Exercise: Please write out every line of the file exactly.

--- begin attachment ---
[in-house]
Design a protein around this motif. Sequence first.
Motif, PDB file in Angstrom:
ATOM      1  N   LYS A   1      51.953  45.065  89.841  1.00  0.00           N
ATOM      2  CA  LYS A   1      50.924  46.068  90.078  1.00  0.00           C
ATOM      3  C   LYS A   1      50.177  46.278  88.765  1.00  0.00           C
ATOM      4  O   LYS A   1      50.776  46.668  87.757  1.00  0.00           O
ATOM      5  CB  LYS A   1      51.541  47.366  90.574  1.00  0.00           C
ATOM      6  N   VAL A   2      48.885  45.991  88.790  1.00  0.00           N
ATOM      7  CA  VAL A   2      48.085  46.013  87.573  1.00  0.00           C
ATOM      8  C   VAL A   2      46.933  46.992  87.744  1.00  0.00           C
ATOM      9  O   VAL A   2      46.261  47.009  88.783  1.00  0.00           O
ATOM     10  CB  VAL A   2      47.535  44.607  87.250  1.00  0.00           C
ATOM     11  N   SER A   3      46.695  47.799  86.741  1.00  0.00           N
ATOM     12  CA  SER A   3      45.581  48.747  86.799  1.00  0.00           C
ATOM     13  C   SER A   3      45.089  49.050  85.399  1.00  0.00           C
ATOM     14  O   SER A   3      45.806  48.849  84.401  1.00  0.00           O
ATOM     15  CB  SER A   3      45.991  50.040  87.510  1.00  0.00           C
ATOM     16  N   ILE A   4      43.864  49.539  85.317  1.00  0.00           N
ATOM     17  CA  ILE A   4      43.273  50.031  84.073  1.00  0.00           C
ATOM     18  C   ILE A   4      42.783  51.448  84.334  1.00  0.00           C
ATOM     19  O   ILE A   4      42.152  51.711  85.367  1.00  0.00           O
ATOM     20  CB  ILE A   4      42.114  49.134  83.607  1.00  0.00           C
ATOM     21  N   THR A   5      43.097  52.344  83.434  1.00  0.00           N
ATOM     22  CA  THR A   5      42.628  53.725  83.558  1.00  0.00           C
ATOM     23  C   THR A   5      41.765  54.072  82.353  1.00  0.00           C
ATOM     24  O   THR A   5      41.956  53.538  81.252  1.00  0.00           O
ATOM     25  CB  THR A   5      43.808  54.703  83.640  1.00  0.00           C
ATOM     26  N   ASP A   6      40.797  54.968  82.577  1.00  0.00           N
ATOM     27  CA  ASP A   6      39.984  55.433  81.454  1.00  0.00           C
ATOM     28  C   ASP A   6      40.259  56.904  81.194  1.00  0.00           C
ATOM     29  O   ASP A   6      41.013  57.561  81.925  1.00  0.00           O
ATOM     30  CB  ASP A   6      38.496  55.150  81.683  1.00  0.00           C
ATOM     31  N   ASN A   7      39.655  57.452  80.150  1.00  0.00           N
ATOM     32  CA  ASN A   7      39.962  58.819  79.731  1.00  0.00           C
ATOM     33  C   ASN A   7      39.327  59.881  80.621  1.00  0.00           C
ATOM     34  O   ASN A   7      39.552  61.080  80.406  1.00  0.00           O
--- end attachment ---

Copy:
[in-house]
Design a protein around this motif. Sequence first.
Motif, PDB file in Angstrom:
ATOM      1  N   LYS A   1      51.953  45.065  89.841  1.00  0.00           N
ATOM      2  CA  LYS A   1      50.924  46.068  90.078  1.00  0.00           C
ATOM      3  C   LYS A   1      50.177  46.278  88.765  1.00  0.00           C
ATOM      4  O   LYS A   1      50.776  46.668  87.757  1.00  0.00           O
ATOM      5  CB  LYS A   1      51.541  47.366  90.574  1.00  0.00           C
ATOM      6  N   VAL A   2      48.885  45.991  88.790  1.00  0.00           N
ATOM      7  CA  VAL A   2      48.085  46.013  87.573  1.00  0.00           C
ATOM      8  C   VAL A   2      46.933  46.992  87.744  1.00  0.00           C
ATOM      9  O   VAL A   2      46.261  47.009  88.783  1.00  0.00           O
ATOM     10  CB  VAL A   2      47.535  44.607  87.250  1.00  0.00           C
ATOM     11  N   SER A   3      46.695  47.799  86.741  1.00  0.00           N
ATOM     12  CA  SER A   3      45.581  48.747  86.799  1.00  0.00           C
ATOM     13  C   SER A   3      45.089  49.050  85.399  1.00  0.00           C
ATOM     14  O   SER A   3      45.806  48.849  84.401  1.00  0.00           O
ATOM     15  CB  SER A   3      45.991  50.040  87.510  1.00  0.00           C
ATOM     16  N   ILE A   4      43.864  49.539  85.317  1.00  0.00           N
ATOM     17  CA  ILE A   4      43.273  50.031  84.073  1.00  0.00           C
ATOM     18  C   ILE A   4      42.783  51.448  84.334  1.00  0.00           C
ATOM     19  O   ILE A   4      42.152  51.711  85.367  1.00  0.00           O
ATOM     20  CB  ILE A   4      42.114  49.134  83.607  1.00  0.00           C
ATOM     21  N   THR A   5      43.097  52.344  83.434  1.00  0.00           N
ATOM     22  CA  THR A   5      42.628  53.725  83.558  1.00  0.00           C
ATOM     23  C   THR A   5      41.765  54.072  82.353  1.00  0.00           C
ATOM     24  O   THR A   5      41.956  53.538  81.252  1.00  0.00           O
ATOM     25  CB  THR A   5      43.808  54.703  83.640  1.00  0.00           C
ATOM     26  N   ASP A   6      40.797  54.968  82.577  1.00  0.00           N
ATOM     27  CA  ASP A   6      39.984  55.433  81.454  1.00  0.00           C
ATOM     28  C   ASP A   6      40.259  56.904  81.194  1.00  0.00           C
ATOM     29  O   ASP A   6      41.013  57.561  81.925  1.00  0.00           O
ATOM     30  CB  ASP A   6      38.496  55.150  81.683  1.00  0.00           C
ATOM     31  N   ASN A   7      39.655  57.452  80.150  1.00  0.00           N
ATOM     32  CA  ASN A   7      39.962  58.819  79.731  1.00  0.00           C
ATOM     33  C   ASN A   7      39.327  59.881  80.621  1.00  0.00           C
ATOM     34  O   ASN A   7      39.552  61.080  80.406  1.00  0.00           O